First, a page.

The LACMA is an incredible museum that is also very diverse. I would have also enjoyed to see their extra exhibits, but that's probably for a different day when I can also visit the Rain Room :)

Week 9 Post

The Powers of Ten lecture video immediately made me think of nanotechnology, giving perspective to how small the nanotech scale is compared to not only ourselves, but all of space. In all honesty, I didn't find the lecture videos to be very interesting at all, nor the resources listed, but I found an article by Vice called "Where Art And Space Travel Meet: Why Is The Art World Suddenly So Captivated By The Cosmos?" that actually unified art and space. The article explains that art is like space travel because both seek to push the existing boundaries, and that the concept of being "avant-garde" is just a little bit out of reach like the wonders of space.

The article mentioned the work of Trevor Paglen, who created a sculpture called the Trinity Cube. The cube, a mere 20cm on each side, is created using irradiated glass from the Fukushima Exclusion Zone (2011) and Trinitite, a mineral created when the U.S. exploded the world's first atomic bomb in New Mexico in 1945, turning sand into greenish glass. The Trinity Cube is a combination of the two glasses; two histories, two countries, melded into one.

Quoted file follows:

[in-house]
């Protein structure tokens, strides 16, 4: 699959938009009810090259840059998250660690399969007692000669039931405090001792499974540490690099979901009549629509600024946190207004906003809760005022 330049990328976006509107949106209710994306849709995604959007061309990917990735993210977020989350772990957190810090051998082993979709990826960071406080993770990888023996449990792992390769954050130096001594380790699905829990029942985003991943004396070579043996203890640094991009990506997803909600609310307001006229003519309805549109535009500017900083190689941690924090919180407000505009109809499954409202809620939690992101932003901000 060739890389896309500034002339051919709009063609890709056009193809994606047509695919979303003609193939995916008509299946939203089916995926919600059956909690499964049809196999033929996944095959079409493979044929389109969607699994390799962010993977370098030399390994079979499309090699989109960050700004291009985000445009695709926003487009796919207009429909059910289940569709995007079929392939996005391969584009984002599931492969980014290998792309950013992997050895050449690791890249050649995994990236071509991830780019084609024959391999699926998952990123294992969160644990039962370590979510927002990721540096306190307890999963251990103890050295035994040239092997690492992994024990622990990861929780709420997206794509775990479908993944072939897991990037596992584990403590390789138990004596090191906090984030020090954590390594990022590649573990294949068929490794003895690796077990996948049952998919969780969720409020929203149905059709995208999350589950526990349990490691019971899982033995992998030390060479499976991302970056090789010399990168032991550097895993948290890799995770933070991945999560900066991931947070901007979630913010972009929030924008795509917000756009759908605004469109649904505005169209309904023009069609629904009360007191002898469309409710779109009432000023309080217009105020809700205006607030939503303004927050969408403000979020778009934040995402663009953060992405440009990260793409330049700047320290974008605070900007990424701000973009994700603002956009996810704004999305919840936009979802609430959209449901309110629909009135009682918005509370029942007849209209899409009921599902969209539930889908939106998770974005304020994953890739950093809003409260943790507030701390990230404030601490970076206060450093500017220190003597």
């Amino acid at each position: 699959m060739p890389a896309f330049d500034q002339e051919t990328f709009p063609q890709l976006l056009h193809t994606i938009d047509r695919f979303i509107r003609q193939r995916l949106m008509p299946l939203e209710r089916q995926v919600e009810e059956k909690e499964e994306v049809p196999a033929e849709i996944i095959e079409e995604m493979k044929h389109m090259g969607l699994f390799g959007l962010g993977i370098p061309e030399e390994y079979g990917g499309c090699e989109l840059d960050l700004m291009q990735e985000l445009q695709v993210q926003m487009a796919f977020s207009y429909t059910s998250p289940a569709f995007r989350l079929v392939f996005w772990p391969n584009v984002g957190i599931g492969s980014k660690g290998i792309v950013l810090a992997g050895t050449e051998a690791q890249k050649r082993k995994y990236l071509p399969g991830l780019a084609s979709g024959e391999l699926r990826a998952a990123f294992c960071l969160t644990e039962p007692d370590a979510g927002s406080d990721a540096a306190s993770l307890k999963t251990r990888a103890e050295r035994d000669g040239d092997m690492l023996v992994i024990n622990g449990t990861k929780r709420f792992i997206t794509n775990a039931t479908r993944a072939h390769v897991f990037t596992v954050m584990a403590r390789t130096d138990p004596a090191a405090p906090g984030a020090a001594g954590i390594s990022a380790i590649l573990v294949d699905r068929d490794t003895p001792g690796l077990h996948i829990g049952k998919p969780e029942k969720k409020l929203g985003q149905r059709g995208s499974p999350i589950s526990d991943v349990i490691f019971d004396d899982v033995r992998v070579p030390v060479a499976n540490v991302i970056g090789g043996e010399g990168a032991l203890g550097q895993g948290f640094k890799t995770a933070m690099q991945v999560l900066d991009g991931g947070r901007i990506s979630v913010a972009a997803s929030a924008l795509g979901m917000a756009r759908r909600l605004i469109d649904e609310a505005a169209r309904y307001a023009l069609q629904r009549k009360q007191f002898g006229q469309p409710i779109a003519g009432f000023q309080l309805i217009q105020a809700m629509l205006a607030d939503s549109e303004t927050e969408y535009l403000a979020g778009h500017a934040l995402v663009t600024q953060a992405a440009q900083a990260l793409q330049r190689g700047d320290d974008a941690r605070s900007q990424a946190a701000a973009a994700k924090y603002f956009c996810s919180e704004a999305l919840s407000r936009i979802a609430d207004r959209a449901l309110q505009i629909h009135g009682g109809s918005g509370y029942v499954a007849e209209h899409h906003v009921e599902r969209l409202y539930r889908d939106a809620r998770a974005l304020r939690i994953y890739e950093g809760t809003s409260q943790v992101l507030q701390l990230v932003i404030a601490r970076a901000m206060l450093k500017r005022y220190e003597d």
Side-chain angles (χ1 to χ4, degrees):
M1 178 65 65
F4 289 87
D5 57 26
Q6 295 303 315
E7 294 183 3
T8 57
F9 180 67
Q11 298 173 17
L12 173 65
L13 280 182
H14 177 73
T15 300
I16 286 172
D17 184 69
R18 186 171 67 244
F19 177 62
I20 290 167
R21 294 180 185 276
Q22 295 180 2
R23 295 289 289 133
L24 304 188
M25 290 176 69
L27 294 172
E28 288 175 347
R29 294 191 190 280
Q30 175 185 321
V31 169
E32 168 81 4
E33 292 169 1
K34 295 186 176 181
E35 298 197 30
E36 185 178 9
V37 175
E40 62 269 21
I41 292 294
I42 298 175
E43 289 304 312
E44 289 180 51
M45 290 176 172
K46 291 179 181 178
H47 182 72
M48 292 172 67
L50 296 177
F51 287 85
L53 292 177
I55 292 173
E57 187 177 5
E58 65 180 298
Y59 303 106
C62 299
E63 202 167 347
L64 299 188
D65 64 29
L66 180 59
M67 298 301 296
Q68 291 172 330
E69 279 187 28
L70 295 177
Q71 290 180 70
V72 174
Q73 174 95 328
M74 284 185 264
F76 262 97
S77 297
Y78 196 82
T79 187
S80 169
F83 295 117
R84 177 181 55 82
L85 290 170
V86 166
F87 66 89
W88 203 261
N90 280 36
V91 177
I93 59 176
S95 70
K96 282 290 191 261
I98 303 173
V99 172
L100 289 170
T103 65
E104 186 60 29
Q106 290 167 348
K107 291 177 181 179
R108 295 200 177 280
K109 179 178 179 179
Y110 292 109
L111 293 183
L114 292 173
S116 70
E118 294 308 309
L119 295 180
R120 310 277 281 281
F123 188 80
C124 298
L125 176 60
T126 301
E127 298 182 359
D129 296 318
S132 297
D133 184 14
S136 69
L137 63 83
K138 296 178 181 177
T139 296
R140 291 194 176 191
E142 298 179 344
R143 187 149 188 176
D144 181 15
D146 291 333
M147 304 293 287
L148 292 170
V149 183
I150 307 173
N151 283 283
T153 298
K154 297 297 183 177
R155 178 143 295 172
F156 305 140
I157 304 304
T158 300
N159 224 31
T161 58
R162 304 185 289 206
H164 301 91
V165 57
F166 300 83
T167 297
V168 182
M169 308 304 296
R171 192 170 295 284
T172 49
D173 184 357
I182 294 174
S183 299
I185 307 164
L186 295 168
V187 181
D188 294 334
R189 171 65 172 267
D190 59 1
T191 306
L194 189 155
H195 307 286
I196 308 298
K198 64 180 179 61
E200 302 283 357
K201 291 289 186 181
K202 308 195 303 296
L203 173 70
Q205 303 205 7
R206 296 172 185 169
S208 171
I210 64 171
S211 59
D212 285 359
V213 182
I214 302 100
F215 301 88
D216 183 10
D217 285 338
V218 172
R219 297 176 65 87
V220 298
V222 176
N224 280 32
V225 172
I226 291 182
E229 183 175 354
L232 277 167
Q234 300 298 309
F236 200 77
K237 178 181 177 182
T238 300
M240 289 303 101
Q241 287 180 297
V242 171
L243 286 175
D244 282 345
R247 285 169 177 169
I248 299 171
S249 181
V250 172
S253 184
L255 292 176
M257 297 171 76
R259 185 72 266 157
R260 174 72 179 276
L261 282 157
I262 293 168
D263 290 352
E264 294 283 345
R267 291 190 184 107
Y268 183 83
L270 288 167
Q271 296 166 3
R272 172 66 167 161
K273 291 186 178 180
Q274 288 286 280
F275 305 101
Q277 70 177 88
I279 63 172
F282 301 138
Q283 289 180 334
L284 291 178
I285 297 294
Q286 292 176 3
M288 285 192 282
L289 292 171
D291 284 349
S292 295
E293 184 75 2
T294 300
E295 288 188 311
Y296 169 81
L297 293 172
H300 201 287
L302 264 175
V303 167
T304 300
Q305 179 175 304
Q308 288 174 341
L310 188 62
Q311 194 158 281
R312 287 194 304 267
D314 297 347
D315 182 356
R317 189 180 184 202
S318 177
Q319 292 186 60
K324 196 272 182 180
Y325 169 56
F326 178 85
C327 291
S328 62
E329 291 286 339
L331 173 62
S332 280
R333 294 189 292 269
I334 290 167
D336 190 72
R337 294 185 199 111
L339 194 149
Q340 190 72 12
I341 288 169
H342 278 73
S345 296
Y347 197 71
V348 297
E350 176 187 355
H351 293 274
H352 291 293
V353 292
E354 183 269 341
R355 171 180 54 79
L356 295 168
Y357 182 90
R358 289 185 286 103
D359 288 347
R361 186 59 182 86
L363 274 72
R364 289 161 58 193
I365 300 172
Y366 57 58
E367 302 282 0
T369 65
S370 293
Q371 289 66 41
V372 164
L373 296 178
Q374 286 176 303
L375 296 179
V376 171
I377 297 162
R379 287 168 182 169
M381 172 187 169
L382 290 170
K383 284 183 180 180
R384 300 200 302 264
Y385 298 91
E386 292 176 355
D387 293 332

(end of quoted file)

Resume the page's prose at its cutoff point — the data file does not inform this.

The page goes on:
The Trinity Cube, Trevor Paglen

Even in music, Kim Boekbinder released a song in 2012 called "The Sky is Calling," and the lyrics revolve around the infinite power of space. She even mentions the fractal nature of our world. The somg is set to images from NASA pictures, diagrams, and iconography.

Art and space combine beautifully for two reasons: first, space's infiniteness leads to endless possibilities, and second, you can't go wrong. No one can disprove possibilities when it comes to talking about the universe. There is no right and wrong, acceptable or controversial.

Thursday, May 26, 2016

Event 1: Hammer Museum

Earlier this week, I visited the Hammer Museum with a friend hoping to finally see what I was missing out on at this close-to-campus museum. I was immediately surprised by the murals on the walls as museums typically have perfectly white walls and open spaces. I also did not expect to see so many people in the center of the museum just taking their lunch break or casually having mini-business meetings. I've only ever seen art museums as a place to see art, not to hang out.
spent a lot of time here :)
However, I was surprised to find that the facility was in between exhibits, and practically nothing was open. Even the walls painted by Kenny Scharf were either being painted over or restored in some way.
murals by Kenny Scharf